At 38, Dan Carter decided to end his sports career. The opening half who was world champion in 2011 and 2015 with the All Blacks is retiring after making history in world rugby.
It is a rugby legend who decided to formalize his retirement this Saturday. In an interview with L’Equipe, Dan Carter announced that he was ending his sports career. Forced to return to New Zealand during the pandemic, the 38-year-old had signed up with the Blues but did not play a game there.. The Auckland-based club will remain the last of their 18-year professional career.
“I realized that I didn’t have the same willpower as in my previous seasons in New Zealand. So between the moment I understood that, and when I realized that I no longer wanted to travel because of the pandemic, I said to myself that it was the right time to stop ”explained the native of Leeston.
I officially withdraw from professional rugby today. A sport I’ve played 32 years which has helped shape me into the person I am today. I can’t thank everyone who has played a part in my journey enough, particularly you, the fans. Rugby will always be a part of my life. Thank you. pic.twitter.com/HTJl85ZcRB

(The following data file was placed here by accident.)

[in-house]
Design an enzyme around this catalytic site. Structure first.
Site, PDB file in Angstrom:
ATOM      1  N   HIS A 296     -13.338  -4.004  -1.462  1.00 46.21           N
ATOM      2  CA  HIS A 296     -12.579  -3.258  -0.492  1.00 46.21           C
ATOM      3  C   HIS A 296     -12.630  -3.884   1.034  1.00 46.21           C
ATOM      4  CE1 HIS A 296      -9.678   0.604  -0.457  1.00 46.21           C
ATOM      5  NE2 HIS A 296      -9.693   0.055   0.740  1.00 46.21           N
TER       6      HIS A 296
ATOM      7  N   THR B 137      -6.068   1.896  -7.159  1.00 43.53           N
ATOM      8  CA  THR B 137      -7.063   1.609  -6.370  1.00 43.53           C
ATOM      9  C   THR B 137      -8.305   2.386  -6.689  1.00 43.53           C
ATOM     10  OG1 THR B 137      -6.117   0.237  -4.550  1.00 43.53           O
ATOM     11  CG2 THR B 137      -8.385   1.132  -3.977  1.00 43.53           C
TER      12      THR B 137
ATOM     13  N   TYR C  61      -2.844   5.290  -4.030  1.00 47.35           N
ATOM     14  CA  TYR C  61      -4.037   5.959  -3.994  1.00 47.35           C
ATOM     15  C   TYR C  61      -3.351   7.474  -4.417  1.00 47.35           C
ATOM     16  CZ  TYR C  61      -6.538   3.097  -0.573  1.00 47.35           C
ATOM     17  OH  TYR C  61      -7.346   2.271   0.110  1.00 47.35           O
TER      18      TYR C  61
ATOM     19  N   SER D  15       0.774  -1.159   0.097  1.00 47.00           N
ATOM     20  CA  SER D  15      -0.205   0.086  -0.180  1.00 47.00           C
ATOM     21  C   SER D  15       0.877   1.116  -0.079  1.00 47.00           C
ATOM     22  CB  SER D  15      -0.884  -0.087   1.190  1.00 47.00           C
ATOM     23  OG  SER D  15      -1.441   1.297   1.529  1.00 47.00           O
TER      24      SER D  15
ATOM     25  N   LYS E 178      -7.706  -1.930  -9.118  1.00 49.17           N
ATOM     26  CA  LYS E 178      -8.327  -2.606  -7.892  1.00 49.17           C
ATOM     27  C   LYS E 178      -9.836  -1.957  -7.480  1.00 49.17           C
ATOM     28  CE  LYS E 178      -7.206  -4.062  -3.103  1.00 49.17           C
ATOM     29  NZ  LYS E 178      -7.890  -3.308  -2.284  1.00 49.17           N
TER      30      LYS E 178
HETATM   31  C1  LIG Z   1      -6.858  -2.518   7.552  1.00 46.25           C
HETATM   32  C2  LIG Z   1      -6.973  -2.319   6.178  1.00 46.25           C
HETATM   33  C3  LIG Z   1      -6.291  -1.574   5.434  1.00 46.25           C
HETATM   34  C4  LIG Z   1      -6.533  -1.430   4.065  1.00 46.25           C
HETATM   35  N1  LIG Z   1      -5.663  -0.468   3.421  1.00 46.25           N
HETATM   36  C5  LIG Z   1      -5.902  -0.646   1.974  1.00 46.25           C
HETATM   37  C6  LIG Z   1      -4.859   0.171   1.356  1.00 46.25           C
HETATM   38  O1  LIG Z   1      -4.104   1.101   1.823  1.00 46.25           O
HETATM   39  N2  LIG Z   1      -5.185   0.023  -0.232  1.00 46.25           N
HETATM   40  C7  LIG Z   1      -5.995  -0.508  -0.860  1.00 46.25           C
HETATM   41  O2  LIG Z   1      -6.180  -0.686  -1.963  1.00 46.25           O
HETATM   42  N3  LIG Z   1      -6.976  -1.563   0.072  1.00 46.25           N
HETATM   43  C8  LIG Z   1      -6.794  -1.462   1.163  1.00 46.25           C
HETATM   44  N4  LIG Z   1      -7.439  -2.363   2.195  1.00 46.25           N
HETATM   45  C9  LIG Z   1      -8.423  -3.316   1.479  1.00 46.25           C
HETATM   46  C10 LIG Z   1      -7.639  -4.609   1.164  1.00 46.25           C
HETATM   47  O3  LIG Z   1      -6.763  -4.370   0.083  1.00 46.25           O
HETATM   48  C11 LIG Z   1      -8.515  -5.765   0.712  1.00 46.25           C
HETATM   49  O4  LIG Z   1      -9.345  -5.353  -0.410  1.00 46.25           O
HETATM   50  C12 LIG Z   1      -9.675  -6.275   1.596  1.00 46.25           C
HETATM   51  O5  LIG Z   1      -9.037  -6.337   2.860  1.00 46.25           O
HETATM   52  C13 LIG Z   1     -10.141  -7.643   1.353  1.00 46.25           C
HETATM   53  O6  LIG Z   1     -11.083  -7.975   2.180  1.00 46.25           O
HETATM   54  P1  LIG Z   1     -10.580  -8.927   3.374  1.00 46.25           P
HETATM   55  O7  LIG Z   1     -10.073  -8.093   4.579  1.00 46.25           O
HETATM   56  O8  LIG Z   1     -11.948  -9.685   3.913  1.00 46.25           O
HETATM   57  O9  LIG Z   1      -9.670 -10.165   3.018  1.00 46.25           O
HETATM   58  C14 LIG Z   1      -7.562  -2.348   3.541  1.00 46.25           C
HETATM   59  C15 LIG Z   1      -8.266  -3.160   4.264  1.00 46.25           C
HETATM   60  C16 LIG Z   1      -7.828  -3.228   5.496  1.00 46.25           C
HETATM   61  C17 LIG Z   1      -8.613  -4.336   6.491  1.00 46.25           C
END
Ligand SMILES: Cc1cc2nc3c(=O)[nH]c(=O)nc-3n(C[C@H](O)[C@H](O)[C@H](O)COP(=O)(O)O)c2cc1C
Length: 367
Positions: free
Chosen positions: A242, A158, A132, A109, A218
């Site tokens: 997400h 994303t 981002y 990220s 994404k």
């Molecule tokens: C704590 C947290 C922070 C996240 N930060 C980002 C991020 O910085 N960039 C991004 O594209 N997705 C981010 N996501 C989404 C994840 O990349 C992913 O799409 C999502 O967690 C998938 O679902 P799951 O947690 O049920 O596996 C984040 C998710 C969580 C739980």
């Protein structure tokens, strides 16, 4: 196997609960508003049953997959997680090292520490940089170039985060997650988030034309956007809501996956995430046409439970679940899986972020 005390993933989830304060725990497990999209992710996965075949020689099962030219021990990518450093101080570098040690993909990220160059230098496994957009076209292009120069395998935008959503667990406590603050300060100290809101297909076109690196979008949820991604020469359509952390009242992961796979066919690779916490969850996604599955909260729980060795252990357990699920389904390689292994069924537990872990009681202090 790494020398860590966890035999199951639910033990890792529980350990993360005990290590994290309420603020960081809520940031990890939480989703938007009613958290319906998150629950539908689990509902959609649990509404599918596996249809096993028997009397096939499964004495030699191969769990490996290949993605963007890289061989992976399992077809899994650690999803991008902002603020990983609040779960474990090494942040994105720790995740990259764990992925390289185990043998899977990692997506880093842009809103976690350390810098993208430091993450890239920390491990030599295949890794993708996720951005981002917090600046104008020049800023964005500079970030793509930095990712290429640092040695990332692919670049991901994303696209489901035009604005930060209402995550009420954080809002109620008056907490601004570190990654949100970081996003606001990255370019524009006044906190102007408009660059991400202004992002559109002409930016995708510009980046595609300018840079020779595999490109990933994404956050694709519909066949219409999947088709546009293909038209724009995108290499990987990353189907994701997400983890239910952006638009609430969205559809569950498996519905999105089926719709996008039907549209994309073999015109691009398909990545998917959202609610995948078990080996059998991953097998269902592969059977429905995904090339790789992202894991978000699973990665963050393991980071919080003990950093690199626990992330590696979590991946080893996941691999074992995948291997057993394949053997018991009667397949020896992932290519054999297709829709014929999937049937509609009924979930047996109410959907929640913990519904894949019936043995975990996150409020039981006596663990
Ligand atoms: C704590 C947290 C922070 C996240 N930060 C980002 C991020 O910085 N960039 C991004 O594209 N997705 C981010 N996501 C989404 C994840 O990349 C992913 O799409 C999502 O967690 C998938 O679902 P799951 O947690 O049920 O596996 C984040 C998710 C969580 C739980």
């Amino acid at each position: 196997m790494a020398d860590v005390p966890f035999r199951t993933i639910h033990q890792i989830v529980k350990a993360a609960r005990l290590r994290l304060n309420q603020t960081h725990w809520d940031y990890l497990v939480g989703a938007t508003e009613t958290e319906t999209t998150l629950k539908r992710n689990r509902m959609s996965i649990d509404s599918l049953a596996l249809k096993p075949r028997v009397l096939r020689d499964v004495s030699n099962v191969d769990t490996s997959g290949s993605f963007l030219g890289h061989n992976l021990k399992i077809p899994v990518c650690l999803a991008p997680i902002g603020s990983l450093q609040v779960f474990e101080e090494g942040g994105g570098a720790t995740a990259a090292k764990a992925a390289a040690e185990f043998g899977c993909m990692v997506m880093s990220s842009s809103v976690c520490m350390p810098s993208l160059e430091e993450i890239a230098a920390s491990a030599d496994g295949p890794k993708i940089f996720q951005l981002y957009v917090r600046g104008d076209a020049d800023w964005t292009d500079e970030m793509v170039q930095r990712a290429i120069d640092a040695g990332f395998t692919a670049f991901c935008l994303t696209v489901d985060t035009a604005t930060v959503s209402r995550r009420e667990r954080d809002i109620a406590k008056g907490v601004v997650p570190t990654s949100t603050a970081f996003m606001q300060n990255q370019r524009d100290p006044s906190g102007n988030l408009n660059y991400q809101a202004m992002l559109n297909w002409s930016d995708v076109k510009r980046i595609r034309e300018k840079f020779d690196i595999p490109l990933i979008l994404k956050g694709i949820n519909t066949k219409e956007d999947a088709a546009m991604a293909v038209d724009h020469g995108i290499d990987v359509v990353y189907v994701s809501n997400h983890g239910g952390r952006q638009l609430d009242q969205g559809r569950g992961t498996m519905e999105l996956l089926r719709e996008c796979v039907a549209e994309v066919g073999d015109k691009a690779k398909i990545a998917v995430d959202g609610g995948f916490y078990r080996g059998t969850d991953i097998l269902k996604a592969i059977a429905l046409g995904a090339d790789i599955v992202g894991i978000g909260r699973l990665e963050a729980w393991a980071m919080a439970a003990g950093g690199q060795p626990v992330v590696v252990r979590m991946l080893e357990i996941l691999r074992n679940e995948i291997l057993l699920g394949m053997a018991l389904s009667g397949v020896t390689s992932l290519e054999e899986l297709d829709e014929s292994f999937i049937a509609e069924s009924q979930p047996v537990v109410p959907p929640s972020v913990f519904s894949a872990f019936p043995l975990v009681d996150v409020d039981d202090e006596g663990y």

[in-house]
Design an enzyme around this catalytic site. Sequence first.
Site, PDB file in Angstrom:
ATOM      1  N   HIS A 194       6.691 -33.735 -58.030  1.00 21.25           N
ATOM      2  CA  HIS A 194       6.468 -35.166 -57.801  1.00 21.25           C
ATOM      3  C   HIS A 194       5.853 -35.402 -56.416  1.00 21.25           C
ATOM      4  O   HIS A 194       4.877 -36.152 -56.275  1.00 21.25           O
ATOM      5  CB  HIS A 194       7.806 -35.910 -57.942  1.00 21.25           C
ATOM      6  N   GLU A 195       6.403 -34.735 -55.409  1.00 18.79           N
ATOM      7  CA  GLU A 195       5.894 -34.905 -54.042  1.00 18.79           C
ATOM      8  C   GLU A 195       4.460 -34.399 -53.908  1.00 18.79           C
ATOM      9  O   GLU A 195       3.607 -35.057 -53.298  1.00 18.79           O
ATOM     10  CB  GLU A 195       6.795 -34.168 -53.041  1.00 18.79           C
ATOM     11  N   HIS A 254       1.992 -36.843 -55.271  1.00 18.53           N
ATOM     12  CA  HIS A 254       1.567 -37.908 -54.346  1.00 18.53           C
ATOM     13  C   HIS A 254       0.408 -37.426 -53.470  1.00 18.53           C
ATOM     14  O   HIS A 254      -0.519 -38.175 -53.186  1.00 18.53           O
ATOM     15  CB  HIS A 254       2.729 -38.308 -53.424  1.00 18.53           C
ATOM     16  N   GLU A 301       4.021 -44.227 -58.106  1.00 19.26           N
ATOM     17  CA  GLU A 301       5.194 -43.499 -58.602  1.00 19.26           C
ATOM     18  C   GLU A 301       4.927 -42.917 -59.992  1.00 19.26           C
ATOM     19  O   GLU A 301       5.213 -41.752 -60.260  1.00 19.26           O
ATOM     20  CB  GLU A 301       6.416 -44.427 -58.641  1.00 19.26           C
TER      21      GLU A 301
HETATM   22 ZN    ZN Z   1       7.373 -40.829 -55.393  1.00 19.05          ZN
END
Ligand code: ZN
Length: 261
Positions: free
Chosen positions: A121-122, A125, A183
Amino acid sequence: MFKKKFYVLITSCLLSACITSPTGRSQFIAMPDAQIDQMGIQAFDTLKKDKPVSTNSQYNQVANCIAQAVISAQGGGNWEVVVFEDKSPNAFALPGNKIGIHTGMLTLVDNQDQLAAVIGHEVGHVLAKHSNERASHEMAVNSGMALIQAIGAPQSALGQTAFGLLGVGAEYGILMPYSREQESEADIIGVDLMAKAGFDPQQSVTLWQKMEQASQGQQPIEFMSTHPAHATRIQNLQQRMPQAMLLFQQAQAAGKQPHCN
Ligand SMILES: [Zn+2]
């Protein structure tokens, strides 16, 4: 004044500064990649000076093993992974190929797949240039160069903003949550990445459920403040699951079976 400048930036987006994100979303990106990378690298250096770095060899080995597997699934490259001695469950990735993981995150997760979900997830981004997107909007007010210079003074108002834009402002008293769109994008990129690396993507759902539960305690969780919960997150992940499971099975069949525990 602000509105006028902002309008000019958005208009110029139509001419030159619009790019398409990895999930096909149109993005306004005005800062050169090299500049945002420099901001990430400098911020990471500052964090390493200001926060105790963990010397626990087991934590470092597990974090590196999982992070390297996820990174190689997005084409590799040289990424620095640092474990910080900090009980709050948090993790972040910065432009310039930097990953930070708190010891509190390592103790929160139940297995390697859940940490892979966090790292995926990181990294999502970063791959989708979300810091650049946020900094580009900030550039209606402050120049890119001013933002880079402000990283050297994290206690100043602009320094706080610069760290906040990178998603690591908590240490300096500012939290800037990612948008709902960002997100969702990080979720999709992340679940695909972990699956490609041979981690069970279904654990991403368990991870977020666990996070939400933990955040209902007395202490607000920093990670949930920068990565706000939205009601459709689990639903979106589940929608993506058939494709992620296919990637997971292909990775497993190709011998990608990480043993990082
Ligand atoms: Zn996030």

– Dan Carter (@DanCarter) February 20, 2021
The opening half played for Canterbury, the Crusaders, Perpignan, Racing 92 and the Kobelco Steelers. In France in 2008-2009 and then from 2015 to 2018, he won the Top 14 twice and reached the Champions Cup final twice with the Ile-de-France club. If his various clubs have also enabled him to win Super Rugby and the Japanese championship, it is on the international scene that the number 10 has achieved his greatest exploits.
The one who has been voted best player in the world three times has marked the history of world rugby with the All Blacks. Between 2003 and 2015, Dan Carter was selected 112 times. He took the opportunity to become the best director in international rugby with 1,598 points. The New Zealander has mostly won the World Cup twice (2011, 2015) and the Tri-Nations nine times (2003, 2005, 2006, 2007, 2008, 2010, 2012, 2013 and 2014). An incredible career that ends this Saturday with the announcement of the former number 10 of the All Blacks.